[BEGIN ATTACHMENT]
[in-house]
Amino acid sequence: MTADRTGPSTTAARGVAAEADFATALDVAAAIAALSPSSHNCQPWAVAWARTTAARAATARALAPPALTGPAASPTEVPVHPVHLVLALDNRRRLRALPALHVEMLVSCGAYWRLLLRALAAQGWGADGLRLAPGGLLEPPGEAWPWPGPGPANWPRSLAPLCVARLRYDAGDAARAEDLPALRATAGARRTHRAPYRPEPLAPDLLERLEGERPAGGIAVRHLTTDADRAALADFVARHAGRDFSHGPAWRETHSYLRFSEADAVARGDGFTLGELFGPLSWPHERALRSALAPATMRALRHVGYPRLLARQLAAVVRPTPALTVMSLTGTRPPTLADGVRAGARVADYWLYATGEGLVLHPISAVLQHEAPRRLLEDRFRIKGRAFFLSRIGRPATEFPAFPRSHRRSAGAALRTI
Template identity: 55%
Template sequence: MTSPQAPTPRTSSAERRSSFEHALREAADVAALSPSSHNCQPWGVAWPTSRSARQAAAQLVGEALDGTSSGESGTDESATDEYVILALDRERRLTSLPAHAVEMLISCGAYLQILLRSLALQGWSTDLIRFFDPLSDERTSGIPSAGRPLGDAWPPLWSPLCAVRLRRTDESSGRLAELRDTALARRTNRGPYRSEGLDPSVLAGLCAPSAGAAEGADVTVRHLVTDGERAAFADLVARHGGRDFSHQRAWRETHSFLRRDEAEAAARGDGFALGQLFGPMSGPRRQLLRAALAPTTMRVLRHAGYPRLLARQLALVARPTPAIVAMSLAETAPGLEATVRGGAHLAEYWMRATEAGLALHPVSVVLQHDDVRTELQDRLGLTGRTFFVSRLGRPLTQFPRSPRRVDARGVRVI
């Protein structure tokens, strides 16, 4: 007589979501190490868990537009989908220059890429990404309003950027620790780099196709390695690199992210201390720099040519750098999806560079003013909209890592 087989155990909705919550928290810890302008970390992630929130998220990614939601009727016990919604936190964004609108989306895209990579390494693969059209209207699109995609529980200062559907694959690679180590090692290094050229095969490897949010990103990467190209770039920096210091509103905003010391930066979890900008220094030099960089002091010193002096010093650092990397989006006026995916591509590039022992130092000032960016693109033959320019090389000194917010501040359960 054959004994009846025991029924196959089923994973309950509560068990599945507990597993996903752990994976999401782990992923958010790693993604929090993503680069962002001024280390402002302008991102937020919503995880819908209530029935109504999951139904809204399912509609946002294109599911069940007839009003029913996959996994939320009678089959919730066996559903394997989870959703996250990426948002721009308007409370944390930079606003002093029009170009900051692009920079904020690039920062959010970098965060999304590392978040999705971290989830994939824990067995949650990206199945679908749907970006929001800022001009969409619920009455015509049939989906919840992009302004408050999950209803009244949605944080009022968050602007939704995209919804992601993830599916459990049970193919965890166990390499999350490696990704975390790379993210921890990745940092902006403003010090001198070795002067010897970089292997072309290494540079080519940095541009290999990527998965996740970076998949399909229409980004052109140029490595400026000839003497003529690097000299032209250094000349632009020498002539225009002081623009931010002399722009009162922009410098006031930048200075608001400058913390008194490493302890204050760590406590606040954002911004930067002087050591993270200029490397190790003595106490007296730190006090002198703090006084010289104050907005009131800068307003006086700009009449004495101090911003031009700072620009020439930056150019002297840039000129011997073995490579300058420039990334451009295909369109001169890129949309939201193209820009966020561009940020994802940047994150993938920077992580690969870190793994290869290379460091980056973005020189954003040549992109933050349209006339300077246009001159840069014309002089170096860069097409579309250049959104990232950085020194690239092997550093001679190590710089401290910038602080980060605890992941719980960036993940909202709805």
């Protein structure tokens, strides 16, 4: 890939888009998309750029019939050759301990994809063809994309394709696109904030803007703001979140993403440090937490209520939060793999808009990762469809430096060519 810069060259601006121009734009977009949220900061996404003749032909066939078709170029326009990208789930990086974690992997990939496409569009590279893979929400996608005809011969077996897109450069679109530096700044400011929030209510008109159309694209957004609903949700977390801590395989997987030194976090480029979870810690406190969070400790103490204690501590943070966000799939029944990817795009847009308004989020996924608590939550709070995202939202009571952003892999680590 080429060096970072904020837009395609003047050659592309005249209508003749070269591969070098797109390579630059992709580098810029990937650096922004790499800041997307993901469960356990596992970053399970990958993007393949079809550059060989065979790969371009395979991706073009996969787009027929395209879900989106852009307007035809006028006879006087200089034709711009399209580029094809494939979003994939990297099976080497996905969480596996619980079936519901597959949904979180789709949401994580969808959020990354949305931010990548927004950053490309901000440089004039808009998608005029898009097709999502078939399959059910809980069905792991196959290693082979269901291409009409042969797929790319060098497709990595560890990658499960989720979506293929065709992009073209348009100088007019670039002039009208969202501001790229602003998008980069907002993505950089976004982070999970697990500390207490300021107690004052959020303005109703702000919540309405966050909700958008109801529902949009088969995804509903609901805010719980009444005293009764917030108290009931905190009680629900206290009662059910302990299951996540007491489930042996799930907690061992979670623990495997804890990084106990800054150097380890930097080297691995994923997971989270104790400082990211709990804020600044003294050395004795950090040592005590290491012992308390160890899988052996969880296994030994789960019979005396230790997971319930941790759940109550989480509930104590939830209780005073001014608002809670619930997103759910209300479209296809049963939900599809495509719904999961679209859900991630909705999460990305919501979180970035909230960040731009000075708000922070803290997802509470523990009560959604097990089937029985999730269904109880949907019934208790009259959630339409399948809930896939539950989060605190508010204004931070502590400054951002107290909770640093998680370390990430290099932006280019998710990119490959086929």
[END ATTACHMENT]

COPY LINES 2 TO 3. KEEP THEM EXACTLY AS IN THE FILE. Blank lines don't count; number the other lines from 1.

Amino acid sequence: MTADRTGPSTTAARGVAAEADFATALDVAAAIAALSPSSHNCQPWAVAWARTTAARAATARALAPPALTGPAASPTEVPVHPVHLVLALDNRRRLRALPALHVEMLVSCGAYWRLLLRALAAQGWGADGLRLAPGGLLEPPGEAWPWPGPGPANWPRSLAPLCVARLRYDAGDAARAEDLPALRATAGARRTHRAPYRPEPLAPDLLERLEGERPAGGIAVRHLTTDADRAALADFVARHAGRDFSHGPAWRETHSYLRFSEADAVARGDGFTLGELFGPLSWPHERALRSALAPATMRALRHVGYPRLLARQLAAVVRPTPALTVMSLTGTRPPTLADGVRAGARVADYWLYATGEGLVLHPISAVLQHEAPRRLLEDRFRIKGRAFFLSRIGRPATEFPAFPRSHRRSAGAALRTI
Template identity: 55%